The need to improve transport sector sustainability is widely acknowledged. Environmental concerns have dominated debate on the transport transition, leaving the social dimension of sustainability often neglected. However, the interdependent nature of the social, environmental, and economic dimensions of sustainability is pushing social concerns to the fore, as is evident in the discourses relating to different mobility behaviours and the equity of measures to promote the transport transition. Research on the links between poverty, exclusion and transportation (cf. Daubitz 2014; Schwedes & Rammler 2018; Manderscheid 2014) or environmental justice and mobility (cf. Sheller 2018) are of particular relevance in this context. However, the implications of social sustainability in this context often remains unclear – despite the prominence of “equity” as a buzzword in relevant debates. This ambiguity is due, among other things, to theoretical differences, contextual circumstances, and difficulties relating to the operationalization of various concepts (cf. Pieper et al. 2019; Renn et al. 2017). As the transport transition is not a purely technological process, efforts to address social concerns and equity can generate considerable leverage for measures to bring about a more sustainable and equitable transportation sector.

Building on Sheller's concept of mobility justice and the literature on just transitions (cf. Williams & Doyon 2019), this research project examines distributive and procedural justice in the context of the transportation transition. To this end, the project first reviews the current state of research on the distributional impacts of the transportation sector and examines various dimensions of equity and their interdependencies with the aim of developing a conceptual-theoretical understanding of distributive justice. Building on this understanding, the project shows that while distributive justice plays a crucial role, other dimensions of justice must also be considered. In a second step, the project examines various public participation processes in the context of Berlin’s transport transition and their role in delivering procedural justice. The following questions are considered: What conflicts arise in the context of transport transition measures and how are they tackled in participation processes? Why do citizens engage with (or decline to engage with) planning processes for transport transition measures? How can insights from the understanding of distributive justice and procedural justice be considered in both perspectives?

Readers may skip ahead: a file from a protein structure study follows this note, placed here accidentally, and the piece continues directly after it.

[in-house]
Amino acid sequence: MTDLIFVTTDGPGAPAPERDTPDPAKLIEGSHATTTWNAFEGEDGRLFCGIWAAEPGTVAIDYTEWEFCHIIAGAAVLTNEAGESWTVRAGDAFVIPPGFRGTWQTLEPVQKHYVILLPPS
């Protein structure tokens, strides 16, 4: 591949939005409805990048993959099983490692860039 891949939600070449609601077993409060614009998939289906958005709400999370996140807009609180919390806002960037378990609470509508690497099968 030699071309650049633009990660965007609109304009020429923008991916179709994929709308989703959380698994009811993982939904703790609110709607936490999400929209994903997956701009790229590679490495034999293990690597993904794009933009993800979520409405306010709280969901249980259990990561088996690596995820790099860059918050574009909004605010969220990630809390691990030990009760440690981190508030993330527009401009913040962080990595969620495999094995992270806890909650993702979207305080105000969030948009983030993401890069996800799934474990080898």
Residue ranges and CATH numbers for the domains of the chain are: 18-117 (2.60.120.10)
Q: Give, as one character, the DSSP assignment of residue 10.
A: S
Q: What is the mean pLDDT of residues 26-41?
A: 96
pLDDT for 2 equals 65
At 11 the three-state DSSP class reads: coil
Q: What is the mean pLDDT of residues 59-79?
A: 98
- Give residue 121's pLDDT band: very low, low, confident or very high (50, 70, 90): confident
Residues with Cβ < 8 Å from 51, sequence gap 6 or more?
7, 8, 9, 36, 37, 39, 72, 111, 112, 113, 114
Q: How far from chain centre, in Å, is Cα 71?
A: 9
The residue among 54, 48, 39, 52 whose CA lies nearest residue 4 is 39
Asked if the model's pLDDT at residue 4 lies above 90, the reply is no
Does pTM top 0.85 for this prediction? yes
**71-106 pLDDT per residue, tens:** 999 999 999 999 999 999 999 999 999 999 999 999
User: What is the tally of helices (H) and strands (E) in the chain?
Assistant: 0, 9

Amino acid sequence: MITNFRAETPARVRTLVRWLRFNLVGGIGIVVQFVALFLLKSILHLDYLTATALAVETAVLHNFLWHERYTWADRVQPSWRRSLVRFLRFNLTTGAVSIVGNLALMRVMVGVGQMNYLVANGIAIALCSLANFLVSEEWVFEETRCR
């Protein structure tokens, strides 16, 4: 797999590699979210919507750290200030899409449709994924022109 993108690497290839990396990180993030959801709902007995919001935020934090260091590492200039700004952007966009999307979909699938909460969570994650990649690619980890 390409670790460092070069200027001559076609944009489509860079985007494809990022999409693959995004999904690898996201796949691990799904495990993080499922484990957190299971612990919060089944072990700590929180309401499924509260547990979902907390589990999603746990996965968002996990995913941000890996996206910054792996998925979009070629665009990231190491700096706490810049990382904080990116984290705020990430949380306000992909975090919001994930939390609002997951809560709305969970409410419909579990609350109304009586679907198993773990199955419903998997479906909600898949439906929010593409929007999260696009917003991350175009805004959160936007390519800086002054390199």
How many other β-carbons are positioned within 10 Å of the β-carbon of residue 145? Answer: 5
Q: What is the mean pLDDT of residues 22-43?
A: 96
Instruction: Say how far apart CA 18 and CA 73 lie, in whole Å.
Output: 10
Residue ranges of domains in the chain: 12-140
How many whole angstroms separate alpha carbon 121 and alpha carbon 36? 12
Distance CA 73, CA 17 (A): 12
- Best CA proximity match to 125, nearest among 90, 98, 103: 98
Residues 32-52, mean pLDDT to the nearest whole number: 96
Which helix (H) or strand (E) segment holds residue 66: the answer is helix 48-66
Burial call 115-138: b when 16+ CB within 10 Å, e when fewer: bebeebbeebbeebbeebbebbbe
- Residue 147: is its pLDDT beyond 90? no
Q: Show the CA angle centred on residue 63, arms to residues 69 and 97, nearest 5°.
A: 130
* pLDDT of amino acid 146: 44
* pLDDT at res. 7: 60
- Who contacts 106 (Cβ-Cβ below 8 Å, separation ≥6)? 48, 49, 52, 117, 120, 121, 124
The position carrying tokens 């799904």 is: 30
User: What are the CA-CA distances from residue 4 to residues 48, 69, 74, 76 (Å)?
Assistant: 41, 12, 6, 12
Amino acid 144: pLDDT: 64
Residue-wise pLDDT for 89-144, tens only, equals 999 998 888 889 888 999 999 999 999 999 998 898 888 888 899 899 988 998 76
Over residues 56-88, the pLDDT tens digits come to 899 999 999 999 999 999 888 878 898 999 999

By developing an understanding of distributive justice and analysing participatory processes in the context of the transportation transition, these research findings serve to improve understanding of justice in the context of transportation. Last but not least, these findings offer starting points for efforts to make other areas of consumption more sustainable and equitable.